The tidal wave of alleged misspending identified by auditors at the Mississippi Department of Human Services was not confined to the headline-grabbing payments for publicity events with famous athletes, inspirational talks from a former pro-wrestler and construction of a new volleyball stadium.
Auditors say some disputed payments also included grants to established programs, such as the T.K. Martin Center at Mississippi State University that helps children with dyslexia learn to read.
The problem is not with the worthiness of the recipients but with how officials awarded the grants in violation of federal regulations, the auditors say.
The examples also show how then-MDHS director John Davis cut corners and skirted guidelines to further his own agenda and to try to satisfy the aims of former Gov. Phil Bryant. Behind his support for valid programs, Bryant’s requests also served to placate a campaign donor and the agriculture school, one of the state’s most powerful lobbies.
New communication obtained by Mississippi Today shows Bryant asking Davis about funding for specific vendors — encouraging Davis to pre-select grant awards — and the director eagerly complying.
“Yes sir we can definitely help,” Davis replied to his boss in one instance. “You can go ahead and tell them I will be reaching out to fund them. I will do today.”
The exchanges shed light on a larger scandal that began after Davis exploited his agency’s nonexistent bid process for federal block grants that came with virtually no federal oversight. Under his leadership, the agency started making upfront, multimillion-dollar payments to two private nonprofits, Mississippi Community Education Center and Family Resource Center of North Mississippi, to run an umbrella program they called Families First for Mississippi.
Davis maintained control over how Families First operated while he treated the private nonprofits and the public agency as one in the same.
But they weren’t the same because the nonprofit spending was shielded from public view, creating a black hole and concealing a raft of legal and ethical issues until state auditors finally caught up with them.
Davis and five others have pleaded not guilty to criminal charges while the state attempts to claw back payments identified as improper. Officials have not accused Bryant of any wrongdoing in the case.
Mississippi Today reviewed communication between Davis, Bryant and other welfare officials in the months leading up to the start of the state auditor’s welfare investigation to understand the closed-door decisions behind the public spending. Some of those text messages are reprinted here exactly as they appear without correction.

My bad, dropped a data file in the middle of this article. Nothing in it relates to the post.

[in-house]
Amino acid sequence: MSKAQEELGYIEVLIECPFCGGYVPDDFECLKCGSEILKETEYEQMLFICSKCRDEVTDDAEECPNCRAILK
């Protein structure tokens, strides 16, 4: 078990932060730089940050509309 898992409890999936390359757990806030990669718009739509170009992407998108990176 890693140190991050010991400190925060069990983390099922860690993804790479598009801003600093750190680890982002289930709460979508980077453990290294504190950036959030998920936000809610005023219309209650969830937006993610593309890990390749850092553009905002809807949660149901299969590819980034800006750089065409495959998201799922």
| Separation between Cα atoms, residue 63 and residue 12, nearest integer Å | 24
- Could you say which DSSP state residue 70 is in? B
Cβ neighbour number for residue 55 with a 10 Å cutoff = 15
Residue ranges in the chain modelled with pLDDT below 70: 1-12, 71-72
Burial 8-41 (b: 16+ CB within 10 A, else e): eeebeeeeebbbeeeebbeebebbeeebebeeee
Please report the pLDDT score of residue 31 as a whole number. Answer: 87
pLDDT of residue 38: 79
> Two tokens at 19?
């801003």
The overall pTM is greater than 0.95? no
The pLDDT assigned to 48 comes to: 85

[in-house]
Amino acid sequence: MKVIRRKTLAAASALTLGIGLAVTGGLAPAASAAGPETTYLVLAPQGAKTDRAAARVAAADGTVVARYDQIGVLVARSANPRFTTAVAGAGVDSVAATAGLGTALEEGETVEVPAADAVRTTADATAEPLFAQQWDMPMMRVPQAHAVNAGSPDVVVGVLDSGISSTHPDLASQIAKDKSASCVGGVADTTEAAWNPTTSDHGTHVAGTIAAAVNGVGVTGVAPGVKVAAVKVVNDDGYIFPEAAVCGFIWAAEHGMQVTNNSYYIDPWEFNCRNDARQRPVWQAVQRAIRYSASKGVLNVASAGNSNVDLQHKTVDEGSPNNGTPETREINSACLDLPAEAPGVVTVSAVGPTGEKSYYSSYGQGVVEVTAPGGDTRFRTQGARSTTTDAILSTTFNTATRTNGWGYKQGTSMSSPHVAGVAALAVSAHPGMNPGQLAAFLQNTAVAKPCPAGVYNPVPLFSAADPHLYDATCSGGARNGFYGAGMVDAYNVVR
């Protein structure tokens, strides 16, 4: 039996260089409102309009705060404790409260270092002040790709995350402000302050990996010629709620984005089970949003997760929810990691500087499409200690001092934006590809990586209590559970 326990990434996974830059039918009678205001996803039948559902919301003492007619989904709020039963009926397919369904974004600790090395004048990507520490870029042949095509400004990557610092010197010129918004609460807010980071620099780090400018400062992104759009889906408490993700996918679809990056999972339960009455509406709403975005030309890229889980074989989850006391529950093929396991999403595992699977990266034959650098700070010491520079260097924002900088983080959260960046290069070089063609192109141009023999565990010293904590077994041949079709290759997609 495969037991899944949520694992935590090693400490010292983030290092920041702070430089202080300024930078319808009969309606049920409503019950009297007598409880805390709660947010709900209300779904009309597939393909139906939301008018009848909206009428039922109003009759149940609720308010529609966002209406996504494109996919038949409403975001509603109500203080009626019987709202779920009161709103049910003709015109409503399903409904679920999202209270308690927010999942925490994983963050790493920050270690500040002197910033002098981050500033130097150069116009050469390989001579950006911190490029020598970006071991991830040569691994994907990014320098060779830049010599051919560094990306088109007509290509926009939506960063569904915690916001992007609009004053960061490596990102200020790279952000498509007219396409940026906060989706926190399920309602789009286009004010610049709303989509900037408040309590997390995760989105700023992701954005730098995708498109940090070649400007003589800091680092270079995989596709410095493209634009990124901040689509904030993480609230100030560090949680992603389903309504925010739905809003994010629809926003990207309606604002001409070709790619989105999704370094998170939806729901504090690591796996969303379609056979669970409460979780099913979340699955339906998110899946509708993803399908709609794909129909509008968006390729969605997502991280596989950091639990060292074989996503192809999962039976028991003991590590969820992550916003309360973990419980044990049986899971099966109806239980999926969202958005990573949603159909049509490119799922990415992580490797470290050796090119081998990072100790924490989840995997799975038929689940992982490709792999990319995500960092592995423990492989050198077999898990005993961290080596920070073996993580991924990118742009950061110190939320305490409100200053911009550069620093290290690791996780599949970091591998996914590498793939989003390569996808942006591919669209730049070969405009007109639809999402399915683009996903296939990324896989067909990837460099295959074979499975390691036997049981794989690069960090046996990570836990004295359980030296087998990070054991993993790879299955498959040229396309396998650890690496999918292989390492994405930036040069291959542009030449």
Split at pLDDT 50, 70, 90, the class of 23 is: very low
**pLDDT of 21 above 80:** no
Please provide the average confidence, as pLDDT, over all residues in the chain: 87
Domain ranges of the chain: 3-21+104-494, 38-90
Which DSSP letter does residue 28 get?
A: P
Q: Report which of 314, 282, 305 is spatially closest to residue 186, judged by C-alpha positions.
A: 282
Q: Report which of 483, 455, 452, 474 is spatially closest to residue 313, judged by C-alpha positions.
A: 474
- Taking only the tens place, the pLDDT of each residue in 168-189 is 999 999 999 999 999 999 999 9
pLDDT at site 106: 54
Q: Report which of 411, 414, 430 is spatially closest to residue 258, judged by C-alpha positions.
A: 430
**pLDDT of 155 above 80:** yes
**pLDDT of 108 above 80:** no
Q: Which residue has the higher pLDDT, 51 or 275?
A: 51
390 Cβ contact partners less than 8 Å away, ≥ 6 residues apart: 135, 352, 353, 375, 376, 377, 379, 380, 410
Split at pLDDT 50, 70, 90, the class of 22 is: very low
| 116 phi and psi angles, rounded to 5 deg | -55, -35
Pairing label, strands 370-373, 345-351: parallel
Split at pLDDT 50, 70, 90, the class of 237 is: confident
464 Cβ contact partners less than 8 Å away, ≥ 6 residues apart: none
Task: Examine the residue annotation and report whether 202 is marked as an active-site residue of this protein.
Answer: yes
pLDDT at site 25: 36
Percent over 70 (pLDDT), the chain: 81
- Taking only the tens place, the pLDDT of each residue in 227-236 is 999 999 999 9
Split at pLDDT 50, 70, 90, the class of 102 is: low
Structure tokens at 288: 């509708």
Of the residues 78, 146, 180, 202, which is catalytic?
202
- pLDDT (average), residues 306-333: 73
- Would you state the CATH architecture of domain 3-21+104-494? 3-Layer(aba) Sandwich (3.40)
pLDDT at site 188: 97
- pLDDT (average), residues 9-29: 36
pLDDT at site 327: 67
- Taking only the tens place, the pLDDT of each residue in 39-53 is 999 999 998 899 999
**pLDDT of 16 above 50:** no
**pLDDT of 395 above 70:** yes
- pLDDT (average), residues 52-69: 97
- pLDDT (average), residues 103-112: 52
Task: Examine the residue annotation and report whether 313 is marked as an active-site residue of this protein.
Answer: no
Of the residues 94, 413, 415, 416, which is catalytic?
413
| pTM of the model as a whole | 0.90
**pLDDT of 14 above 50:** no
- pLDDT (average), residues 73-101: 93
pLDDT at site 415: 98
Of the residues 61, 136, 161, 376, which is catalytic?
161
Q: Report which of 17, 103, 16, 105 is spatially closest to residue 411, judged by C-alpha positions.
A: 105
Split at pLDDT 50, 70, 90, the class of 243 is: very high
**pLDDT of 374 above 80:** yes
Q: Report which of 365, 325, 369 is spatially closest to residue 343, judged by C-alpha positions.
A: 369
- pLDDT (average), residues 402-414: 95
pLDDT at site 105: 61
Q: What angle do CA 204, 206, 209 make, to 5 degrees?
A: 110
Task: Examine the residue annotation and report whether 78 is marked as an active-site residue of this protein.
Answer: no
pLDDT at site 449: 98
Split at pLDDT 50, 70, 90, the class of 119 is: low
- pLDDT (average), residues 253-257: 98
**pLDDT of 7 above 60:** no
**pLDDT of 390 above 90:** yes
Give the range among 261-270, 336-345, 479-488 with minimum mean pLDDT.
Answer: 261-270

In this story, we examine two examples of Bryant asking Davis, his appointee, if he could fund a specific organization without using normal channels.
“Any way we can help?” Bryant worded his request both times.
In one case, Davis responded within minutes, assuring the governor he would reach out that day to fund Willowood Developmental Center, a nonprofit that serves adults and children with intellectual and developmental disabilities in Jackson.
Willowood was already under a separate child care grant with the department when Bryant sent Davis the request for Families First funding. And even though Willowood never ended up receiving additional MDHS funding after the exchange, Davis’ response reveals his agency’s cavalier and preferential grant award process – and Bryant’s involvement in it.
“If it’s wrong to try to help Willowood and those poor children out there, then I will have to say I was wrong, but I don’t think I was,” Bryant told Mississippi Today.
In the other case, Davis initially told the governor it would be against federal regulations for his agency to fund the T.K. Martin Center for Technology and Disability at Mississippi State University. But, then Davis found a way to award the center a grant anyway.
“Perhaps he did,” Bryant said. “And I hope it was proper and legal and ethical and moral because I remember people at Mississippi State, and I don’t remember who, calling and saying, ‘This is a wonderful program for these poor children and we’re going to lose it.'”
Both programs were associated with Families First for Mississippi, the now-defunct program that attached its name to many existing organizations across the state and promised to pump resources directly into the communities of needy residents.
In reality, the initiative was little more than a smokescreen for the widespread misspending of a federal grant called Temporary Assistance for Needy Families (TANF), intended to help the state’s most vulnerable residents. According to a Mississippi Today analysis of audit reports, independent accountants found that between 70% and 86% of purchases by the two Families First nonprofits violated federal rules – including welfare regulations, which are already some of the laxest guidelines of all federal grants.
For more than two decades, Families First was a catch-all phrase for services Mississippi provided with its TANF dollars.